Stethoscope Stories - Prof James Drife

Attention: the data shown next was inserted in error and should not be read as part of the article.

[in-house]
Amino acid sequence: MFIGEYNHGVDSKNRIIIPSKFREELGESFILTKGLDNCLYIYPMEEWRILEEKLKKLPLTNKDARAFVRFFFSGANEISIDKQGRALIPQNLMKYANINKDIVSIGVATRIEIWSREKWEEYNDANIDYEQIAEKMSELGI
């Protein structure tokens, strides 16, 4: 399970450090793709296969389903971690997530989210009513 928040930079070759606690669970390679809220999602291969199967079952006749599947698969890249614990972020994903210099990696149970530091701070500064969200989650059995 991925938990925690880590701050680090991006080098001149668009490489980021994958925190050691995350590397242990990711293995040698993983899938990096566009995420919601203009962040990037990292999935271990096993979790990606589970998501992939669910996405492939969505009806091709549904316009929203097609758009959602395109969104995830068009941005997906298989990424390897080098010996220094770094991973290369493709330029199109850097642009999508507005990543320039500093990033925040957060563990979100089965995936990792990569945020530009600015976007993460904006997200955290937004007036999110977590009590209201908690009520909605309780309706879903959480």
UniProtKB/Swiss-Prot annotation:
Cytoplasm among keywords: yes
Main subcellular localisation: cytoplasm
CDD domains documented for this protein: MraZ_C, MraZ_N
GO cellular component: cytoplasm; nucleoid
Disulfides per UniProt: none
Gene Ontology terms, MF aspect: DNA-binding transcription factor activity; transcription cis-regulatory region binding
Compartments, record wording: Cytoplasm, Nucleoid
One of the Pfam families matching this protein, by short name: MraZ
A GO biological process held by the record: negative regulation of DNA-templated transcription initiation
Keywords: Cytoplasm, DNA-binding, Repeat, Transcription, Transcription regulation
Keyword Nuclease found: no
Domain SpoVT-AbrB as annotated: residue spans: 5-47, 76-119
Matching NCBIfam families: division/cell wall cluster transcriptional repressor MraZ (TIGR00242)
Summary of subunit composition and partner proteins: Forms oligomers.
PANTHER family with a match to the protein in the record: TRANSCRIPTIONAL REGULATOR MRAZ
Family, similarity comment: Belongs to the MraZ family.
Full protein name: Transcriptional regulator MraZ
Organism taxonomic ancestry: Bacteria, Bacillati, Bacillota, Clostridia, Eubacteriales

Celebrating the doctors learned to see with their ears The stethoscope is the badge of the doctor for the very good reason that it enables them to ‘see’ inside the chest. But of course the seeing is done by listening: the doctors hears your heart beating and your lungs expanding and contracting, and interprets their sounds to come to a diagnosis. Doctors didn’t always have this skill, nor this instrument. It was invented 200 years ago, and we are celebrating its bicentenary. The inventor, René Laennec, devised a rigid wooden cylinder which was necessarily monaural. Yet Laennec’s device was enough to make the interior of the living body capable of being visualised. As part of our project we've been asking some colleagues and medical school alumni to tell us about their memories of using a stethoscope - these are our Stethoscope Stories.